The “Opioid Crisis” Is Not A War Against Pain Relief

Why are some chronic pain patients furthering their cause by putting down ours? -bettysbattleground.com

I just encountered a disturbing phenomenon. Maybe I’m the last kid on the bus to notice this, but apparently there’s a sect of chronic pain patients who are opioid crisis deniers. They feel that the deaths of drugs users is inconvenient to their cause. I’m guessing there are tons of these bubbles across the internet, but the 12,000+ strong one I came across on Twitter was headed by a Stanford educated doctor named Thomas Kline.

The tweets these people sent were fairly rambling and incoherent, especially those by Dr. Kline himself, but from what I could gather, they think the lives and deaths of addicted people are inconsequential, and the cause of their own woes. The sad part is, chronic pain patients and people in addiction recovery (or active addiction) have a common enemy, and if we banded together instead of engaging in this petty insane bullshit, maybe we could crush it. The enemy, of course, being STIGMA. Unfortunately, as long as Dr. Kline keeps spewing his pseudoscience to the sycophantic followers that need to believe him with all their souls, that community will never happen.

I’m not bashing chronic pain patients. Many chronic pain patients are on the same page as me. For those that I’m referencing in this post, I don’t blame them. It’s intoxicating to be part of a highly stigmatized population and then to find someone who speaks loudly in your favor, says everything you need said, and is willing to stand up and fight for you. If that person then skews facts and figures in your favor, why wouldn’t you defend him? I don’t blame the patients. But I do blame the doctors.

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Off-Fridays Mental Illness Blog Share, Week 6: Addiction

Share you writing about addiction here-#offfridays

Hello and welcome to Off-Fridays. If you’re new here, Off-Fridays is a blog share that converts to a link library and themed resource page once it closes for links. Anyone is welcome to join so long as your links are on-topic and not abusive. The rules page can further explain what Betty’s Battleground considers abusive (hint: controversial does not mean abusive). This week’s topic is addiction.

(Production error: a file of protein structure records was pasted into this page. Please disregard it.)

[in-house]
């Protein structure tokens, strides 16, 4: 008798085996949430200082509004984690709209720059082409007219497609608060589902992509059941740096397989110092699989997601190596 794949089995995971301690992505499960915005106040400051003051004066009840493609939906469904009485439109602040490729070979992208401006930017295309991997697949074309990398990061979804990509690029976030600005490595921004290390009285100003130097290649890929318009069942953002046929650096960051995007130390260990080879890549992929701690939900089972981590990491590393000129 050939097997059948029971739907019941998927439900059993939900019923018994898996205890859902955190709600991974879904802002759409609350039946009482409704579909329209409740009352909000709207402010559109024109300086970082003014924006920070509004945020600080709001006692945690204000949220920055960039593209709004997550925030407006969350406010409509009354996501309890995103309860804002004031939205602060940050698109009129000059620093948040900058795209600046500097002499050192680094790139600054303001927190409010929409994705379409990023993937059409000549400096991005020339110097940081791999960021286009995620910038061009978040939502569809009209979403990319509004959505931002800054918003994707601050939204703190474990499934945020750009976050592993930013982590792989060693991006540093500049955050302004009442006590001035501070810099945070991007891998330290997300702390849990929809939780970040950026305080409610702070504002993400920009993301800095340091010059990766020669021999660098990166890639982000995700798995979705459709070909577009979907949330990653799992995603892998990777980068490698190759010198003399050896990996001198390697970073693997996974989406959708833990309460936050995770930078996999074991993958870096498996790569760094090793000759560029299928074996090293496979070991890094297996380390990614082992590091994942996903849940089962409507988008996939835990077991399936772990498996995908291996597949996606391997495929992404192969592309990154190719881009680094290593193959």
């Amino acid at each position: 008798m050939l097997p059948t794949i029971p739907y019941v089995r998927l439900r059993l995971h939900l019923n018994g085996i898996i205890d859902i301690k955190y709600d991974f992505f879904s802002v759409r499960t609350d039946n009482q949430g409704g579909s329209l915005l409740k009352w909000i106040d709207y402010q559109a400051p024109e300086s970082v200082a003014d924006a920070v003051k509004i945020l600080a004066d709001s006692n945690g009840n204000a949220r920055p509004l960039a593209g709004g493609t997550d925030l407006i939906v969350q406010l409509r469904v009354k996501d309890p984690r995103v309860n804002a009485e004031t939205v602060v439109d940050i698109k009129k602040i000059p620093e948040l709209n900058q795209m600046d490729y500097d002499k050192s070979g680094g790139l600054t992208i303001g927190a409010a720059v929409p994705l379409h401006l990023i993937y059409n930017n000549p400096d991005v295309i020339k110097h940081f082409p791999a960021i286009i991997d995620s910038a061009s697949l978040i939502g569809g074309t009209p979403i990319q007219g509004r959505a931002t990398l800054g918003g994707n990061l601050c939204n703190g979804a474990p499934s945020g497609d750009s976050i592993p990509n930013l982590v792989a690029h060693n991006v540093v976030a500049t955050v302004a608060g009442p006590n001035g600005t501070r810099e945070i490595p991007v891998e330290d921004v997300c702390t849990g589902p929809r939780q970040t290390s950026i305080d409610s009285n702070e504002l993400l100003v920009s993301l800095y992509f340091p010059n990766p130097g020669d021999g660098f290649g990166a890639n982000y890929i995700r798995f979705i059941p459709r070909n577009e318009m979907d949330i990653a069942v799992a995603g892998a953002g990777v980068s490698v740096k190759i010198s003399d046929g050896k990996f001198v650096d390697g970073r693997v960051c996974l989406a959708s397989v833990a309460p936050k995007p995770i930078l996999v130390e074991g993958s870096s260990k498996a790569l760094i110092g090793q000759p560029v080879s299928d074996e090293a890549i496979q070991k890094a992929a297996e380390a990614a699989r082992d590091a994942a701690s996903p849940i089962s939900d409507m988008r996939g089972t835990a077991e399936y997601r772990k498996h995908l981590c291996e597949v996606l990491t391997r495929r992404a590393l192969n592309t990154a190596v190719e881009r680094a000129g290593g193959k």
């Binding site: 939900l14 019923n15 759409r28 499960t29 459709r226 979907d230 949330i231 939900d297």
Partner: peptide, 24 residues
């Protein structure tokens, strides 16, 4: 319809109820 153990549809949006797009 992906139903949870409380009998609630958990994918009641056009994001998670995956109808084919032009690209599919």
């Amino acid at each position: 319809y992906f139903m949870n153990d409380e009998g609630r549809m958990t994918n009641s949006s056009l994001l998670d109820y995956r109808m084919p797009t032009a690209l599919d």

Addiction is a big scary word that not a lot of people think they know much about, even though many of us have experienced it in some form or another. If you want to test just how much you know about addiction, check out “Is/Is Not: Addiction,” a game I created this month to test people’s ideas about certain commonly misunderstood topics. Addiction is so widely demonized and misunderstood that I have begun to make it a personal mission to very publicly overshare the realities of my own addiction. Before I send you to the page where you can leave you links, I want to share a brief story.

I read an article the other day by a well-versed writer who had some heavy duty, prestigious credits like Al-Jazeera and CNN. The article was well-written–no complaints there. Engaging too. I even shared it around some. But at one point the writer described her ex-husband, who she had discovered using drugs. First, she found a tinfoil with burned, tarry traces zigzagging across it. Then, she noticed his pupils were the size of pins. Finally, she confirmed what she’d been suspecting: he was high on METH! Does anyone else see the problem here?

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Game Time! Is/Is Not: Addiction

Find out how much you know about addiction by playing "Is/Is Not: Addiction" on bettysbattleground.com

I have something new for you today! There are a lot of misconceptions about various topics that affect many people in this world. So many misconceptions. I’m sure I hold a few. But, having been through some things that sit or cross those borders of “normal human experience” I also know the reality of many misunderstood topics. So I’m starting a new game! It’s called “Is/Is Not,” and in this game we’re going to dig into some common misconceptions about certain topics. Today we’ll be exploring addiction.

Addiction: the big scary beast that people oscillate between demonizing and appropriating. Everywhere we go, we constantly see misrepresentations of addiction. It is a loaded topic, and one that I have tons of personal experience with. But I have also held misconceptions about addiction and addicts in the past, so I’ll be addressing some of my own weird stereotypes here as well. Let’s play, shall we?

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